What really was the Offense's issues last season?

Every year about this time, I watch, I read, I plan, I type, I erase, and I type some more. I try to solve the rubix cube of what exactly our issues were in the previous year. I read what other posters have to say, and I typically argue with either Nicky, or CT. I am an optimist by nature. Every year I think one or two off seasons is all it will take to correct every issue that is bothering our team.

I searched high and low. I went through individual stats. I watched individual reactions, body movements after both positive and negative plays. I broke down several players individual movements in correlation to their peers, and quite frankly, I realized that without work, I have way too much time on my hands.

I will not lie. I was going to school to get my BA in Sports Management with a Minor in Psychology in hopes that one day, it would help me in my dreams of getting a job in the NFL, or at least a college of my choosing. That did not work out so well. Either way, this post is about what my findings led me to believe the issues were. The answer it seems is not that far from being correctable.

It all starts with the Defense. Oddly, it also ends there. Like a wheel in motion, the offense and defense share a connection though they do not share the field at the same time. For all the additions, and the subtractions, it seemed the Defense made it hard on itself. Too many times, we played our Defense to bend but do not break. We did this in an effort to mask our weaknesses. Especially once the injuries started to pile up. Drives did end up in the red zone a lot. Even when we stopped them, drives often wound up leaving us in bad positions on offense.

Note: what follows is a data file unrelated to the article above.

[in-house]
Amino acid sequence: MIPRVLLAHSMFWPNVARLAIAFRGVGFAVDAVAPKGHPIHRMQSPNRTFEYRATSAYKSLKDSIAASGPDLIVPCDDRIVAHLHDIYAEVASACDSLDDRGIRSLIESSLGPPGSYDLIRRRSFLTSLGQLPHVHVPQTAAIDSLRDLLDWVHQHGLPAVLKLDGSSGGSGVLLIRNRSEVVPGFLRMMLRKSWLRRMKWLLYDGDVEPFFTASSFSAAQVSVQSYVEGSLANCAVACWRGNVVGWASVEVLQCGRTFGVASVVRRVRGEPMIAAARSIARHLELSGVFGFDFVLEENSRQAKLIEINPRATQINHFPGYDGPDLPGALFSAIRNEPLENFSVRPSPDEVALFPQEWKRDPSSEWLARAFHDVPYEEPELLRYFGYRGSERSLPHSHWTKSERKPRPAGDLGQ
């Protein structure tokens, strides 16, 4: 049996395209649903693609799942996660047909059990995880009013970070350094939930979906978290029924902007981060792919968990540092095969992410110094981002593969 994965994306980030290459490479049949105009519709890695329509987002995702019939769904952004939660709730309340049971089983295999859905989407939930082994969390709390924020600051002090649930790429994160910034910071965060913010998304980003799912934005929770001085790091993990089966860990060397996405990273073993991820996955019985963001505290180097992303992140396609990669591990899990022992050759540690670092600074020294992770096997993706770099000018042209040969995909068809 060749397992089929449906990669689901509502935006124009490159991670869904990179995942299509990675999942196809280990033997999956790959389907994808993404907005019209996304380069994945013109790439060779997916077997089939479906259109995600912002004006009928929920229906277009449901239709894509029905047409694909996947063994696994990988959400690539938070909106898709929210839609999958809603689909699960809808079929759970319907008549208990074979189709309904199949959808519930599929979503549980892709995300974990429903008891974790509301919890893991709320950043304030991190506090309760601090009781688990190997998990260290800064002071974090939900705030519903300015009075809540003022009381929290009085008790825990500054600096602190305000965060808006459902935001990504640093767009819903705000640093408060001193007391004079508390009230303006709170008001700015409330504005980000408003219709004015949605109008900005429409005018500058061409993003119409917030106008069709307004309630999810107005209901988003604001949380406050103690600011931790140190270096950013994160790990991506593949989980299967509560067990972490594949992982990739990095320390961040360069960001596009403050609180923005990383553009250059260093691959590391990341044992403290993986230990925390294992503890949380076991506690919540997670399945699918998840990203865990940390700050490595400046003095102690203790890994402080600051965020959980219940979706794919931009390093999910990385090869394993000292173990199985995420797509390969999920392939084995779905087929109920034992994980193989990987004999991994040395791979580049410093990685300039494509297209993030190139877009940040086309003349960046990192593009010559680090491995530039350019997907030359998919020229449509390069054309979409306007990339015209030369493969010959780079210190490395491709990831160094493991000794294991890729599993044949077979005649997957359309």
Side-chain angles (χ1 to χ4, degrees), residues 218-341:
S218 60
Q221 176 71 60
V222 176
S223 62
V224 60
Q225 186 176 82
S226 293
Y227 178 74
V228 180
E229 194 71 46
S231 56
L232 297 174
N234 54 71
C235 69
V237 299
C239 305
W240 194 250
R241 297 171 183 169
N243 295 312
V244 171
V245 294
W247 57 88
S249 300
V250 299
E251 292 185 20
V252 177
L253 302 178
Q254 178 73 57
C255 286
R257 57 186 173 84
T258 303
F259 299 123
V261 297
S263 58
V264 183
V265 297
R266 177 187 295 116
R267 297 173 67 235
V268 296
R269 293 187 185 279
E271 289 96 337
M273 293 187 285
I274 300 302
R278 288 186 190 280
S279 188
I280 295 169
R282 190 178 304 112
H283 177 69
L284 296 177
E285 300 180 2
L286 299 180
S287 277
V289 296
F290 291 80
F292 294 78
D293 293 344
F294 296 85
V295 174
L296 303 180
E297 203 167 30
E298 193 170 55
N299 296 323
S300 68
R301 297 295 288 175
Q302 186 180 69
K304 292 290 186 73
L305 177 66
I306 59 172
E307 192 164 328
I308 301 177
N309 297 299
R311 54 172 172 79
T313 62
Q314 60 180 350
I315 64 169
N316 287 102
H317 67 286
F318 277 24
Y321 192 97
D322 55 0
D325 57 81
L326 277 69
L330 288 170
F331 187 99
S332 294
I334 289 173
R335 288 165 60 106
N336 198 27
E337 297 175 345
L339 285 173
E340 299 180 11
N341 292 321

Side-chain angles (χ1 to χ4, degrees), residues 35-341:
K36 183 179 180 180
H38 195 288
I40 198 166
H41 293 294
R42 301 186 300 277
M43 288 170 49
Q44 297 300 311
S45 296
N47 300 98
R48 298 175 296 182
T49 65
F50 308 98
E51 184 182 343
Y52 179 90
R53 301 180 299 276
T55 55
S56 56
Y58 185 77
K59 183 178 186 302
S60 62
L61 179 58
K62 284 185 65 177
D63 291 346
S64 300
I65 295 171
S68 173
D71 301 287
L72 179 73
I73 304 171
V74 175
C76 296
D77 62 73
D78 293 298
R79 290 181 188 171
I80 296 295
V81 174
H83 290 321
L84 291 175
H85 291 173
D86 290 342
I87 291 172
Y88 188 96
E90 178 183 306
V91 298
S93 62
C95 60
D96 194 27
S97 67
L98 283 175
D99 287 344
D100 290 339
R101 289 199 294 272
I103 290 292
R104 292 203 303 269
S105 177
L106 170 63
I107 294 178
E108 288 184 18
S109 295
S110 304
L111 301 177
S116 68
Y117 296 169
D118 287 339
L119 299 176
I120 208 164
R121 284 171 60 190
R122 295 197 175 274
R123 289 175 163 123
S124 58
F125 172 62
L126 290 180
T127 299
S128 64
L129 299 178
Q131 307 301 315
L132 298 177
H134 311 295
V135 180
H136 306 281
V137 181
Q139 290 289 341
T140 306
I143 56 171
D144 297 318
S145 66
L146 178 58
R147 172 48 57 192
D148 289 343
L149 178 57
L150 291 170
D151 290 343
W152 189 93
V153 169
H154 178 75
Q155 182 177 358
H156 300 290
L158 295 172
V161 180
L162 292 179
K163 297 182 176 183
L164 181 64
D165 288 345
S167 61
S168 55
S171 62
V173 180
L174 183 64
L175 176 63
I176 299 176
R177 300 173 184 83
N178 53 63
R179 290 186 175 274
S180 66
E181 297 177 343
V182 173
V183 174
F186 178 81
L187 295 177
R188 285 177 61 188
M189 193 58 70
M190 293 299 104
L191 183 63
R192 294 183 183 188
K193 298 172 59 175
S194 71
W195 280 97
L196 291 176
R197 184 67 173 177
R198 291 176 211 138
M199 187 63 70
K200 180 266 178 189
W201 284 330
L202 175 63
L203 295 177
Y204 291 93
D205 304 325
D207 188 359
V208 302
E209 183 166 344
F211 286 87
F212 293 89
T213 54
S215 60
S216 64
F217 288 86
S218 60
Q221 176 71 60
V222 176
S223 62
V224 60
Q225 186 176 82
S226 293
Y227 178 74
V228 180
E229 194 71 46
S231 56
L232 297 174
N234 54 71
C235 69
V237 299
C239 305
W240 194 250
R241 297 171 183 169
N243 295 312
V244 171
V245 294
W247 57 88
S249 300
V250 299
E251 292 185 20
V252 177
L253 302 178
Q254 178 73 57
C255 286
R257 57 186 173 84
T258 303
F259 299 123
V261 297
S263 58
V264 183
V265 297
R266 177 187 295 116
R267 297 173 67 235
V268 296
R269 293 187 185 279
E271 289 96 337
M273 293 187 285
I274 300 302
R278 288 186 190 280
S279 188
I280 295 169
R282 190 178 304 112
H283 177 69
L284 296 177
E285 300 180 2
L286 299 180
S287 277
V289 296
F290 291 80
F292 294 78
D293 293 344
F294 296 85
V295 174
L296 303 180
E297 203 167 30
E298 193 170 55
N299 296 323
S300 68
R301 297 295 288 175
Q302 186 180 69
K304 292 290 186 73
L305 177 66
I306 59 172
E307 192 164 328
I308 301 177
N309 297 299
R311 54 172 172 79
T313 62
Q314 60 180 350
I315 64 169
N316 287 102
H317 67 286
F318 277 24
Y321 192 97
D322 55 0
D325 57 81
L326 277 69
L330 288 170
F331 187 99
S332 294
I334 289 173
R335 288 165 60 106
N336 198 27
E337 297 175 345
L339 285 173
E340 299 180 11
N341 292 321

That brings me to my next point. Special teams and a certain return man that wanted too much to make plays to make himself look good. Marcus Thigpen I believe was a victim of past successes. His early boast seemed to play a bit too much on his own mind. Once again, we found ourselves angry every time he took it out of the end zone looking to make a big play, only to see Tannehill and company have to start on the 10 yard line. Funny thing is, no one seemed to mention how much this was actually hurting the team.

That leads me to my last point. According to the evidence, Mike Sherman thought he was the smartest guy on the field. Just ask him.... When he should have run, he passed, when he should have passed, he ran. If a play worked, that meant it would not work again. Quite frankly, he did not trust in the tools he was given to work with. This was also an issue on Defense as well, as evident by the fact that players were not trusted to be moved around. Brent Grimes shutting down Santonio Holmes? That's okay, just motion Santonio Holmes or put him on the other side. Reshad Jones stopoing a runningback in his tracks? Just run him to the left instead. Jared Odrick beating the Guards? Just shift the Center to cover him.

The same thing happened on offense. While players were given certain jobs, they were never able to max the potential of a play. Mike Wallace was motioned twice. Both times he ran the ball as a result. We have issues in the run game? Wallace's YPC average was 11. 22 yards on two runs. Charles Clay rushed 3 times as much for a 2.1 YPC. For someone who claimed their goal was to get Wallace more involved, this seems like a good way to do it.

If I had to pick one word to best describe what failed the team, it would have to be oversimplicity of the game plans. Let me know what you guys think?

This is a FanPost and does not necessarily reflect the views of The Phinsider's writers or editors. It does reflect the views of this particular fan though, which is as important as the views of The Phinsider writers or editors.

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